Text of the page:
Here at CityBlock, we have accommodation blocks in three fantastic cities across the UK: Lancaster, Reading and Durham. Today, we’re going to be taking a closer look at the city of Lancaster, outlining exactly why this historical city is so beloved by the students who come to study here.
Lancaster is a city in the north-west of England and can be found on the A6 road that passes through the centre. Historically, it is best known as the site of the Pendle witch trials in 1612 and the 15th-century civil wars for the throne of England when the House of Lancaster fought the House of York in the War of the Roses.
This medieval castle dominates Lancaster’s landscape and can be seen from many elevated spots around the city. It was first used as a prison in 1196 and until 2011 most of the buildings were leased to the Ministry of Justice as a prison. It is known for being the site of the Pendle witch trials in 1612.
Today, after extensive renovation work, entry to the castle is open to the public, where visitors can walk the grounds for free and indulge in a coffee or cake at the newly built café in the grounds. Or, for a fee, visitors can take a guided tour inside the castle and see the prison itself. This historic building is undoubtedly worth a visit for any student at Lancaster.
Lancaster is home to a strong coffee culture vibe thanks to all its independent coffee houses dotted about the city, including the famous Atkinson & Co coffee roasters. Established in 1837, the wonderful aroma of coffee from Atkinsons can be found floating down China Street. They supply coffee beans to many of the coffee houses in Lancaster and have two of their own cafes, The Hall and The Music Room, which are popular venues for students.
You can also purchase a vast array of coffee beans and other coffee accessories (as well as some teas and hot chocolates) from the shop itself to enjoy at home.
The Lancaster Canal runs right through the city centre and passes through a number of towns and villages. It was constructed in the 18th century to facilitate the transport of coal from the south of Lancashire to the farmlands in the north and to Preston.
Today the canal is dotted with picturesque canal boats and can be followed from Garstang through meadows and dairy farms, passing by the M6 before reaching Galgate. The canal crosses over the River Lune, 60 feet below, on an impressive aqueduct to reach Hest Bank. Keep going, and you can eventually get to the town of Carnforth, where you will be treated to fantastic views of the fells of the Lake District. You can even complete the walk all the way to Kendal.
The canal makes a fantastic, gentle walking excursion with beautiful wildlife and scenic views.
Arts and Culture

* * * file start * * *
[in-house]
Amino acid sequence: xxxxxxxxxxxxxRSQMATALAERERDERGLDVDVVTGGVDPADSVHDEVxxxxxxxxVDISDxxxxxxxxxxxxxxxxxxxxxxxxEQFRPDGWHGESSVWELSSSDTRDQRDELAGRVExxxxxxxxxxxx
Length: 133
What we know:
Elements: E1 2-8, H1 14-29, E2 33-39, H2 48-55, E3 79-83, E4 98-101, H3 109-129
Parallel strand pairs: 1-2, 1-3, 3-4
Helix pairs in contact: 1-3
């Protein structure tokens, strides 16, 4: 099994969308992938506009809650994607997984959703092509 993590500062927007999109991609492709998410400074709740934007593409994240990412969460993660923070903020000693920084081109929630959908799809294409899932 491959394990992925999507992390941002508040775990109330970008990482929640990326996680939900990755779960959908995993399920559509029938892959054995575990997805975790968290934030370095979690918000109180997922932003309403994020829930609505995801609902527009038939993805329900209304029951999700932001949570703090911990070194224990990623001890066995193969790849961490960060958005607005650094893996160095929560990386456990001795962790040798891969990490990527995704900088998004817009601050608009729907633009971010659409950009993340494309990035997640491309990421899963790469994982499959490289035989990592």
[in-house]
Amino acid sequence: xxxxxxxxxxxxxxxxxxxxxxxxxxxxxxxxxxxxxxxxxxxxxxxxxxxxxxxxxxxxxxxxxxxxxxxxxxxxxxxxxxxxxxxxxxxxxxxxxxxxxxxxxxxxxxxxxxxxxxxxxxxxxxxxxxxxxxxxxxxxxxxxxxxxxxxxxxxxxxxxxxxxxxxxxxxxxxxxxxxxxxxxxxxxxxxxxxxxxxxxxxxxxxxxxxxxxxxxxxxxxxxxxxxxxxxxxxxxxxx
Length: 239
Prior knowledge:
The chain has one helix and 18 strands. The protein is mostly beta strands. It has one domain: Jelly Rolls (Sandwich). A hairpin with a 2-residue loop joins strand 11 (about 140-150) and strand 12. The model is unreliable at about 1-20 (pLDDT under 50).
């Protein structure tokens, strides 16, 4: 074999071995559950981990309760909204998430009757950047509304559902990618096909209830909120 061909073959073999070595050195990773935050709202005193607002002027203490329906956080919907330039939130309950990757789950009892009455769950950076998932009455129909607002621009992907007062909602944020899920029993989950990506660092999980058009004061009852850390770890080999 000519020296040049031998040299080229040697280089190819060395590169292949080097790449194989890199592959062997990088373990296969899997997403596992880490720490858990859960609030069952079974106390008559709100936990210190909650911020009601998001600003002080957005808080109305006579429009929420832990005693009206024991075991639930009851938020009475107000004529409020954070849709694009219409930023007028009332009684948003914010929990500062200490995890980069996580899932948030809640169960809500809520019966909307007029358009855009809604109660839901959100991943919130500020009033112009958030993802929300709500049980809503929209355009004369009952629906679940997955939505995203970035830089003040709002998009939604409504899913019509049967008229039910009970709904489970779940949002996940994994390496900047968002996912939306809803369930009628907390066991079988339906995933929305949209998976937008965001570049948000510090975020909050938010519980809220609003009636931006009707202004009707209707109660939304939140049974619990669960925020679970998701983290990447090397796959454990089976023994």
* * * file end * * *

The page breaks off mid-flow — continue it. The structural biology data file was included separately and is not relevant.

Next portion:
Lancaster has a wonderful arts scene that provides the student population with cultural activities, including festivals of music and literature. The city is home to The Dukes, an independent theatre and cinema that plays host to theatrical performances, the latest blockbuster films and smaller, independent productions.
There are a number of annual events to look forward to, including the Light Up Lancaster festival, which takes place on the days around Guy Fawkes Night, showcasing a number of incredible artworks around the city involving the use of light, culminating in the huge firework display released from the castle grounds. While many of these events had to be cancelled due to the Coronavirus pandemic, we can hopefully expect to see their return soon.
Pubs and Bars
Venues are still closed, but hopefully, they will open up again soon, and you can take advantage of just how many fantastic spots there are in Lancaster. The city is full of independent pubs and bars, making for a vibrant nightlife. The Three Mariners, the oldest pub in Lancaster, dates back to the 15th century and sits inside a Grade II listed building. Or, for a more up-to-date experience, you can head to Tipple on King Street for a delicious cocktail. When it comes to a night out, there are so many places to choose from.
Lancaster is home to 50 miles of cycleways in and around the city, making for a fantastic place for people who love to get out and about. The Lancaster University campus has a cycle path that goes directly to the city centre, making getting from campus to town a breeze. The Lancaster to Morecambe promenade is just three miles, or you can follow the River Lune from Glasson Dock to the Forest of Bowland.
If you want to experience authentic Lancashire produce like cheeses or potted shrimps from Morecambe Bay, then look out for the weekly traditional Lancaster market. The market can currently be found in its new home in Dalton Square every Wednesday and Saturday, but you can still find all the locally produced food you love. Buy fresh fruit and veg, homemade cakes, craft suppliers, books, flowers, or indulge in some street food from one of the many vendors. You cannot study in a city like Lancaster without checking out its traditional market stalls!
We hope you’ve enjoyed this look at just some of the reasons students love Lancaster. If you’re thinking of coming here to study, we have a fantastic range of student accommodation in Lancaster. We also have accommodation blocks in Reading and Durham, so check out our student accommodation in Reading and accommodation in Durham.